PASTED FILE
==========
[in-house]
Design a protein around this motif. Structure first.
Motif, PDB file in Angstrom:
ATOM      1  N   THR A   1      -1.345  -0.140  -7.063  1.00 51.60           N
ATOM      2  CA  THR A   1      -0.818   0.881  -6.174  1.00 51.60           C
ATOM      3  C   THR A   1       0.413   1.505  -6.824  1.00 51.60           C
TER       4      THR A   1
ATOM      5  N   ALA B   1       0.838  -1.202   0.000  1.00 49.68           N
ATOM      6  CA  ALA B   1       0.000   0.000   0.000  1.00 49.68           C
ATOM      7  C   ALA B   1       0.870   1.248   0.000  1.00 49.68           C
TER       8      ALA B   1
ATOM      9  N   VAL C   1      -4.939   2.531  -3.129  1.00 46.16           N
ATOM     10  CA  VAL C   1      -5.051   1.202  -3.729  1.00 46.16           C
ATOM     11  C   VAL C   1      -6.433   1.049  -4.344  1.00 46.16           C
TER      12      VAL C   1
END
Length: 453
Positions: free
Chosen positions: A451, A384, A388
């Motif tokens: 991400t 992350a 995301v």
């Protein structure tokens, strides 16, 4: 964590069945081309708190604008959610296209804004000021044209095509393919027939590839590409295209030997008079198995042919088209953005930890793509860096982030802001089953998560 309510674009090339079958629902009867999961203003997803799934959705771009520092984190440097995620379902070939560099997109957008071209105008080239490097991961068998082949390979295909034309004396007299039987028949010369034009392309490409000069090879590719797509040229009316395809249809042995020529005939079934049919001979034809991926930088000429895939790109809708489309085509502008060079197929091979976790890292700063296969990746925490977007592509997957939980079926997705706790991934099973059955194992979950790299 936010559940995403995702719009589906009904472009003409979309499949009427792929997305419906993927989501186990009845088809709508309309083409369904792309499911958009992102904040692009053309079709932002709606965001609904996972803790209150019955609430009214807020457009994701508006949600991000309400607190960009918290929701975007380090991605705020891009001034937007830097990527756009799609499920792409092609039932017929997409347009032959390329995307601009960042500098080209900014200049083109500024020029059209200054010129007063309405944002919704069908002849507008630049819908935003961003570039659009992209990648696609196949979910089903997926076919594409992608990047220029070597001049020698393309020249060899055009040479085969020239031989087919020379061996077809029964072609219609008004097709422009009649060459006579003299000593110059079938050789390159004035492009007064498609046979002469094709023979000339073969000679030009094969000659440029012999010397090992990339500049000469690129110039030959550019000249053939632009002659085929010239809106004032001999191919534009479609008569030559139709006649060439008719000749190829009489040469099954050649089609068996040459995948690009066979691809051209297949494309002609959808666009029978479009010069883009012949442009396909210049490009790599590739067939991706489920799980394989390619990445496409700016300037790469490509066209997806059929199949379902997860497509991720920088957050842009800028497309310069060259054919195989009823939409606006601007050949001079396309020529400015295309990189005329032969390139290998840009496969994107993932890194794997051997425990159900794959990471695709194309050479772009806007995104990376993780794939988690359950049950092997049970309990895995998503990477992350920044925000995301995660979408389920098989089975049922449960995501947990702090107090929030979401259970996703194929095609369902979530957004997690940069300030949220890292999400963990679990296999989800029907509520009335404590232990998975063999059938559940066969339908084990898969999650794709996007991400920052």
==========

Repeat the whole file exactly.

[in-house]
Design a protein around this motif. Structure first.
Motif, PDB file in Angstrom:
ATOM      1  N   THR A   1      -1.345  -0.140  -7.063  1.00 51.60           N
ATOM      2  CA  THR A   1      -0.818   0.881  -6.174  1.00 51.60           C
ATOM      3  C   THR A   1       0.413   1.505  -6.824  1.00 51.60           C
TER       4      THR A   1
ATOM      5  N   ALA B   1       0.838  -1.202   0.000  1.00 49.68           N
ATOM      6  CA  ALA B   1       0.000   0.000   0.000  1.00 49.68           C
ATOM      7  C   ALA B   1       0.870   1.248   0.000  1.00 49.68           C
TER       8      ALA B   1
ATOM      9  N   VAL C   1      -4.939   2.531  -3.129  1.00 46.16           N
ATOM     10  CA  VAL C   1      -5.051   1.202  -3.729  1.00 46.16           C
ATOM     11  C   VAL C   1      -6.433   1.049  -4.344  1.00 46.16           C
TER      12      VAL C   1
END
Length: 453
Positions: free
Chosen positions: A451, A384, A388
């Motif tokens: 991400t 992350a 995301v």
């Protein structure tokens, strides 16, 4: 964590069945081309708190604008959610296209804004000021044209095509393919027939590839590409295209030997008079198995042919088209953005930890793509860096982030802001089953998560 309510674009090339079958629902009867999961203003997803799934959705771009520092984190440097995620379902070939560099997109957008071209105008080239490097991961068998082949390979295909034309004396007299039987028949010369034009392309490409000069090879590719797509040229009316395809249809042995020529005939079934049919001979034809991926930088000429895939790109809708489309085509502008060079197929091979976790890292700063296969990746925490977007592509997957939980079926997705706790991934099973059955194992979950790299 936010559940995403995702719009589906009904472009003409979309499949009427792929997305419906993927989501186990009845088809709508309309083409369904792309499911958009992102904040692009053309079709932002709606965001609904996972803790209150019955609430009214807020457009994701508006949600991000309400607190960009918290929701975007380090991605705020891009001034937007830097990527756009799609499920792409092609039932017929997409347009032959390329995307601009960042500098080209900014200049083109500024020029059209200054010129007063309405944002919704069908002849507008630049819908935003961003570039659009992209990648696609196949979910089903997926076919594409992608990047220029070597001049020698393309020249060899055009040479085969020239031989087919020379061996077809029964072609219609008004097709422009009649060459006579003299000593110059079938050789390159004035492009007064498609046979002469094709023979000339073969000679030009094969000659440029012999010397090992990339500049000469690129110039030959550019000249053939632009002659085929010239809106004032001999191919534009479609008569030559139709006649060439008719000749190829009489040469099954050649089609068996040459995948690009066979691809051209297949494309002609959808666009029978479009010069883009012949442009396909210049490009790599590739067939991706489920799980394989390619990445496409700016300037790469490509066209997806059929199949379902997860497509991720920088957050842009800028497309310069060259054919195989009823939409606006601007050949001079396309020529400015295309990189005329032969390139290998840009496969994107993932890194794997051997425990159900794959990471695709194309050479772009806007995104990376993780794939988690359950049950092997049970309990895995998503990477992350920044925000995301995660979408389920098989089975049922449960995501947990702090107090929030979401259970996703194929095609369902979530957004997690940069300030949220890292999400963990679990296999989800029907509520009335404590232990998975063999059938559940066969339908084990898969999650794709996007991400920052």